John Varley has had my attention ever since I ran into The Persistence of Vision many years ago. In that collection of short stories I was awestruck with his creativity and unique approach to science fiction. Each story was challenging with innovation and new ways of thinking about old problems.
Although Titan isn’t so much cutting-edge as some of his more whimsical short stories, it definitely has it’s moments when you have to slam the book closed, stand up, and walk around in a circle laughing. It is part science fiction, part comedy, part fantasy and part homage to great and not-so-great science fiction of the past.
The book is set in the not-too-distant future of the next 200-300 years. It tells the story of the Deep Space Vehicle Ringmaster and her crew on a mission to Saturn.
The captain is a woman named Cirocco “Rocky” Jones (an homage to the old serial “Rocky Jones”) who was born in a corporate wandering family that travelled the globe at the beck and call of corporations who actually run Earth. Brought up by her mother, Jones always wanted to be an adventurer and ended up becoming an astronaut so that she could – hopefully – see things no one had seen before.
Her navigator is Gaby Plauget, a small woman who has been fascinated with space since childhood and really cares for nothing else. Other crewmembers include a doctor, engineer and pilot (males) and two cloned sisters. Sex is a rather open prospect on a deep space vessel, both hetero and homo and Rocky has slept with all of the men.
Upon approaching Saturn, they discover a rather large space object that they at first think is a rogue moon, but when they get closer, the object appears to have been built by intelligence. They scrap their mission to investigate. In form, the object is like a huge ring with spokes attaching to a hub, but literally hundreds of kilometers in circumference and doing one full rotation per day as it makes its way around Saturn.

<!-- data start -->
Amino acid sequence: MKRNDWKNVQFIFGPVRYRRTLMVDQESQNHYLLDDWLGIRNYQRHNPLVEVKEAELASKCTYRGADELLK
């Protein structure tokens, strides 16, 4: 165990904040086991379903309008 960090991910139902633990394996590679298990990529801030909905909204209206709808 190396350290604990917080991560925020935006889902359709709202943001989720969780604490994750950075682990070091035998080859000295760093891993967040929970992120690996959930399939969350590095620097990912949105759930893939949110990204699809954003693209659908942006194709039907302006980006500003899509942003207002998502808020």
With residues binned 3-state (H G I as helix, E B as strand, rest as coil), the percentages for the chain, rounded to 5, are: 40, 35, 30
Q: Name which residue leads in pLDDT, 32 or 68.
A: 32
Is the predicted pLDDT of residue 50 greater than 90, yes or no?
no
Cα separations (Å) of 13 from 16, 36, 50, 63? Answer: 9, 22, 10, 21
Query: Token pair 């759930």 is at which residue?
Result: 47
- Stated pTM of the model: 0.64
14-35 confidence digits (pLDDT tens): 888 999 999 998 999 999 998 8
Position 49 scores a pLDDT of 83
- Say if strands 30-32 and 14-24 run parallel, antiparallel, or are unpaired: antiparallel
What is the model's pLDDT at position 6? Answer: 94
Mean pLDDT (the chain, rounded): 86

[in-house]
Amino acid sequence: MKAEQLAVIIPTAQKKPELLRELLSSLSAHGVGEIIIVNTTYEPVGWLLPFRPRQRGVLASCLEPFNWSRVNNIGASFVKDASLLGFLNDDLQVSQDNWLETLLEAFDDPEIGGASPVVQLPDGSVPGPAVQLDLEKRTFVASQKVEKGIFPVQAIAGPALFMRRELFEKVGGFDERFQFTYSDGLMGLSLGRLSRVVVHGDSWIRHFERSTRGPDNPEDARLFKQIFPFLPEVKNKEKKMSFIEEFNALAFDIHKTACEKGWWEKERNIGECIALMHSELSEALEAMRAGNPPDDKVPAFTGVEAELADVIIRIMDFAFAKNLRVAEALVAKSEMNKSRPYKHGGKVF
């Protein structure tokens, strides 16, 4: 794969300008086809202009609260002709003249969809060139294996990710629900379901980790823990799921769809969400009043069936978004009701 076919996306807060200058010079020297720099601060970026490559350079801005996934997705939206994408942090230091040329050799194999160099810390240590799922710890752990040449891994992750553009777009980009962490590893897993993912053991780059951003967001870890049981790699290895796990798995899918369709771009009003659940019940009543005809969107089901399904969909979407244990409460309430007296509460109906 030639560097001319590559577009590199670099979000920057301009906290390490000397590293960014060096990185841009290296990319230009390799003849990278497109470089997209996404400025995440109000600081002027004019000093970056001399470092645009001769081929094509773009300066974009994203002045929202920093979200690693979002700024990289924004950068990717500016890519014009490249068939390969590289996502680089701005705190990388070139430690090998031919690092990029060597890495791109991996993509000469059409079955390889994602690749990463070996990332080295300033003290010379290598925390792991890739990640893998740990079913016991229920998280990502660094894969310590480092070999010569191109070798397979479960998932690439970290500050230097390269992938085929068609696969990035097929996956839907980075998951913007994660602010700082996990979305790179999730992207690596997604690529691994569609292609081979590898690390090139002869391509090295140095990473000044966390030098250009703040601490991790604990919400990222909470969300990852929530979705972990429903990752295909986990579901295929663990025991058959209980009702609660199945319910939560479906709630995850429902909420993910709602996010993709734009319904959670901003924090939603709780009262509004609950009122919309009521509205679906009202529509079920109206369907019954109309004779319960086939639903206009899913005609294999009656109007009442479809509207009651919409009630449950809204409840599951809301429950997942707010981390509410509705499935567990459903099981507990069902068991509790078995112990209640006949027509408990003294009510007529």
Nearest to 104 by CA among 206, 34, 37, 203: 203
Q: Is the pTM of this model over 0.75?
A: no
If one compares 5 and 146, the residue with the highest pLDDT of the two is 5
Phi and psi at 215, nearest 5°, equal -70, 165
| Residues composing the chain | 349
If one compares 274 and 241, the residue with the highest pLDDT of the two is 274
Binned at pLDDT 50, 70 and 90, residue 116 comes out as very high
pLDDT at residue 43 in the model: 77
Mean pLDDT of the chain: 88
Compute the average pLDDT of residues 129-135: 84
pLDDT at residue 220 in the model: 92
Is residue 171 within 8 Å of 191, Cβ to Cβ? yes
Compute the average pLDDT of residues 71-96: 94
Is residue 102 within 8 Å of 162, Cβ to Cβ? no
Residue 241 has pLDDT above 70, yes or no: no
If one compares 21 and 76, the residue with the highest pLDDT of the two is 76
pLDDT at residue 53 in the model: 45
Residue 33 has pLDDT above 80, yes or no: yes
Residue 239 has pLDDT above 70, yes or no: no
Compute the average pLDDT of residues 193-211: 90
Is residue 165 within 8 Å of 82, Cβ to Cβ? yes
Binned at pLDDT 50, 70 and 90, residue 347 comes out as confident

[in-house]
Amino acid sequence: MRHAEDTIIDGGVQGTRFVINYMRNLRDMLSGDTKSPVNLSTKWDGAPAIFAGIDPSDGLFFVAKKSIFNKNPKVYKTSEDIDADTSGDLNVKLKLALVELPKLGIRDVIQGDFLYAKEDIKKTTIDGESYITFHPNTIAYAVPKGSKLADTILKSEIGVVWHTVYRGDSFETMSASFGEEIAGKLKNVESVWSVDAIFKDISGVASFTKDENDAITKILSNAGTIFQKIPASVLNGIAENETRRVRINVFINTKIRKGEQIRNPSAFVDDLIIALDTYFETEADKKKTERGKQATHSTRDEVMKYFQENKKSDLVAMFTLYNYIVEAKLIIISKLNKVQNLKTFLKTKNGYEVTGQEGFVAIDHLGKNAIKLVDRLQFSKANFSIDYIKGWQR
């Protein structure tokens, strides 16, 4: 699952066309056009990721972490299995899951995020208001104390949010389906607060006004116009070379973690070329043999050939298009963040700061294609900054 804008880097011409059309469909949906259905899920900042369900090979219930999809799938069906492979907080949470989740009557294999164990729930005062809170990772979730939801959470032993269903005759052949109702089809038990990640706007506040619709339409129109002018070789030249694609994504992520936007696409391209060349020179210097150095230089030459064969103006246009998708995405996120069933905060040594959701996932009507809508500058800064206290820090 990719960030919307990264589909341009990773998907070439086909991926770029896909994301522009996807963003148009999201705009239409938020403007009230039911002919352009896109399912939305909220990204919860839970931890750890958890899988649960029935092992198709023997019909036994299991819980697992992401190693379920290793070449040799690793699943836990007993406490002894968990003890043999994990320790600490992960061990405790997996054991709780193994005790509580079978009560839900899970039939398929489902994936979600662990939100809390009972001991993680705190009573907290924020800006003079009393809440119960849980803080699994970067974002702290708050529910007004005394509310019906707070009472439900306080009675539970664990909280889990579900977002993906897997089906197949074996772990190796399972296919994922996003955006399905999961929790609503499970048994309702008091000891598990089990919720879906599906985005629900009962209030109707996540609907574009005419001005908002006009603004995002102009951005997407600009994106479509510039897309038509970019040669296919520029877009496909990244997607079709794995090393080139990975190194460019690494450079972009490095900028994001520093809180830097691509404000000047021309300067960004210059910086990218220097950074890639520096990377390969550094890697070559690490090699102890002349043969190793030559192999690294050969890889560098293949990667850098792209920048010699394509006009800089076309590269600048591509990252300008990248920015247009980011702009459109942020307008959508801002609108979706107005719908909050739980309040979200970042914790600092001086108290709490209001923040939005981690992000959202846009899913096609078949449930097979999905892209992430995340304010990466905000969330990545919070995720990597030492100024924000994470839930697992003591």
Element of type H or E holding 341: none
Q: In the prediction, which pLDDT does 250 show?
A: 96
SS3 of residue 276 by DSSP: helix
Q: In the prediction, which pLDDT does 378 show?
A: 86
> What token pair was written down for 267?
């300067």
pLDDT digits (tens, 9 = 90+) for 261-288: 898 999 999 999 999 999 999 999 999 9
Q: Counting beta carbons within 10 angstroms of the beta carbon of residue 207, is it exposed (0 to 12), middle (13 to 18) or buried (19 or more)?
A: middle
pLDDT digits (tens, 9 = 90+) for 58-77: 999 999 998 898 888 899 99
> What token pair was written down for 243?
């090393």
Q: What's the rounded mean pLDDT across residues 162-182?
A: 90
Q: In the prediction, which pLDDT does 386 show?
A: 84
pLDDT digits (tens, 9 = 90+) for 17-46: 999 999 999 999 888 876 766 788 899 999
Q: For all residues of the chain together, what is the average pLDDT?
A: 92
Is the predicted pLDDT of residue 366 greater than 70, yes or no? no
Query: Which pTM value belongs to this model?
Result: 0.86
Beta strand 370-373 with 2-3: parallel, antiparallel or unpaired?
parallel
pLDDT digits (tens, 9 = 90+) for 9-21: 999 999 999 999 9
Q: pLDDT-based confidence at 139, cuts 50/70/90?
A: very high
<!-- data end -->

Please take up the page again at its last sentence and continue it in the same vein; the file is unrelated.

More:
Before they can figure out an approach to the object, they are grabbed and the Ringmaster is pulled toward the object, smashing apart in the process. Rocky then goes through a process where she is aware of sensory deprivation for a very long time before she is finally coughed up from the ground onto the surface of the ring, with the great hub rotating hundred of kilometers above her. She finds Gaby and eventually the others and meets up with a species called the Titanides, half-human, half-equine. The crew name objects using Greek mythology, especially derived from the Titan myths and they decide to call the “planet” or “object” Titan.
Titan is full of many wonderful and whimsical creatures, including a kilometer-long blimp-like flying creature that is intelligent, and creatures fashioned to look exactly like angels, flying through the sky.
Rocky decides that she must travel to the hub to discover if there are any builders alive or if there is a radio so she can contact Earth. Gaby travels with her on a torturous journey up the strands of cable that hold Titan together, discovering along the way that the object is actually a living creature, whom they rename Gaea (mother of the Titans).
I won’t divulge what happens when they reach the hub – it must be savored by the reader when they actually reach that point and I don’t want to spoil that part. Let’s just say that it is one of those moments when you must slam the book closed, stand up, and walk around in a circle laughing.
But I will give the warning that the book contains a lot of descriptive sexual relationships, including a detailed description of the Titanides’ sexual construction and the many ways that they may procreate.
I highly recommend this novel to those with open minds and who appreciate creative and whimsical writing. If you’ve ever wanted to jump into something that will surprise and amaze you with its creativity, this is a book you will want to look into. And it’s hard to put down once you get started.